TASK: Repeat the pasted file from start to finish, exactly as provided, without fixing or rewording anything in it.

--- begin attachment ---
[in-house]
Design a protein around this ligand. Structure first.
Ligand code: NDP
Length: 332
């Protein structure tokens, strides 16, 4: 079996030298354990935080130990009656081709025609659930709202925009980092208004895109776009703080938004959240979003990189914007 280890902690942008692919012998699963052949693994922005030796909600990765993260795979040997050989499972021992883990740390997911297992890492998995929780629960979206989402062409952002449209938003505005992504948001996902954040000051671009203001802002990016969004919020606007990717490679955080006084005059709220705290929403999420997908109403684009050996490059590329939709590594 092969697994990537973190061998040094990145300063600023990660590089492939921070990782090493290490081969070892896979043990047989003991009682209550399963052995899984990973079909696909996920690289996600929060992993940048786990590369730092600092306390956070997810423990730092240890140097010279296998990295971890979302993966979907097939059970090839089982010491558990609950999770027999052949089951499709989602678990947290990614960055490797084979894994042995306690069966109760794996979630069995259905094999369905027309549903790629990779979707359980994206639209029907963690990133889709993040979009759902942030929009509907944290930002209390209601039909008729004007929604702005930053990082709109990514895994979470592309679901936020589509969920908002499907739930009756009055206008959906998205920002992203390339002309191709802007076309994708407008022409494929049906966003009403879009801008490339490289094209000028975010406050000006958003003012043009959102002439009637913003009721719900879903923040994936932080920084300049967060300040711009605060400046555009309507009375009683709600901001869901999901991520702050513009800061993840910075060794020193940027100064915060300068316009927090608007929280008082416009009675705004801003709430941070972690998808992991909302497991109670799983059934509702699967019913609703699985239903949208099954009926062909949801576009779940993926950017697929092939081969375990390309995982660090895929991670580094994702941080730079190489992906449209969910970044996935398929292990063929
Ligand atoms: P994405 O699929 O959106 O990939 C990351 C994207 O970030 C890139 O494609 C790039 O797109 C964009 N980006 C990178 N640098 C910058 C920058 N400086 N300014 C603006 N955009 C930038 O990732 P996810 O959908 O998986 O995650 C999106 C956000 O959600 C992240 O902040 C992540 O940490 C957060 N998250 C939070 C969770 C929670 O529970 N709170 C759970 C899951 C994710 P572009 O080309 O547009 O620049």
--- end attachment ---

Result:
[in-house]
Design a protein around this ligand. Structure first.
Ligand code: NDP
Length: 332
């Protein structure tokens, strides 16, 4: 079996030298354990935080130990009656081709025609659930709202925009980092208004895109776009703080938004959240979003990189914007 280890902690942008692919012998699963052949693994922005030796909600990765993260795979040997050989499972021992883990740390997911297992890492998995929780629960979206989402062409952002449209938003505005992504948001996902954040000051671009203001802002990016969004919020606007990717490679955080006084005059709220705290929403999420997908109403684009050996490059590329939709590594 092969697994990537973190061998040094990145300063600023990660590089492939921070990782090493290490081969070892896979043990047989003991009682209550399963052995899984990973079909696909996920690289996600929060992993940048786990590369730092600092306390956070997810423990730092240890140097010279296998990295971890979302993966979907097939059970090839089982010491558990609950999770027999052949089951499709989602678990947290990614960055490797084979894994042995306690069966109760794996979630069995259905094999369905027309549903790629990779979707359980994206639209029907963690990133889709993040979009759902942030929009509907944290930002209390209601039909008729004007929604702005930053990082709109990514895994979470592309679901936020589509969920908002499907739930009756009055206008959906998205920002992203390339002309191709802007076309994708407008022409494929049906966003009403879009801008490339490289094209000028975010406050000006958003003012043009959102002439009637913003009721719900879903923040994936932080920084300049967060300040711009605060400046555009309507009375009683709600901001869901999901991520702050513009800061993840910075060794020193940027100064915060300068316009927090608007929280008082416009009675705004801003709430941070972690998808992991909302497991109670799983059934509702699967019913609703699985239903949208099954009926062909949801576009779940993926950017697929092939081969375990390309995982660090895929991670580094994702941080730079190489992906449209969910970044996935398929292990063929
Ligand atoms: P994405 O699929 O959106 O990939 C990351 C994207 O970030 C890139 O494609 C790039 O797109 C964009 N980006 C990178 N640098 C910058 C920058 N400086 N300014 C603006 N955009 C930038 O990732 P996810 O959908 O998986 O995650 C999106 C956000 O959600 C992240 O902040 C992540 O940490 C957060 N998250 C939070 C969770 C929670 O529970 N709170 C759970 C899951 C994710 P572009 O080309 O547009 O620049």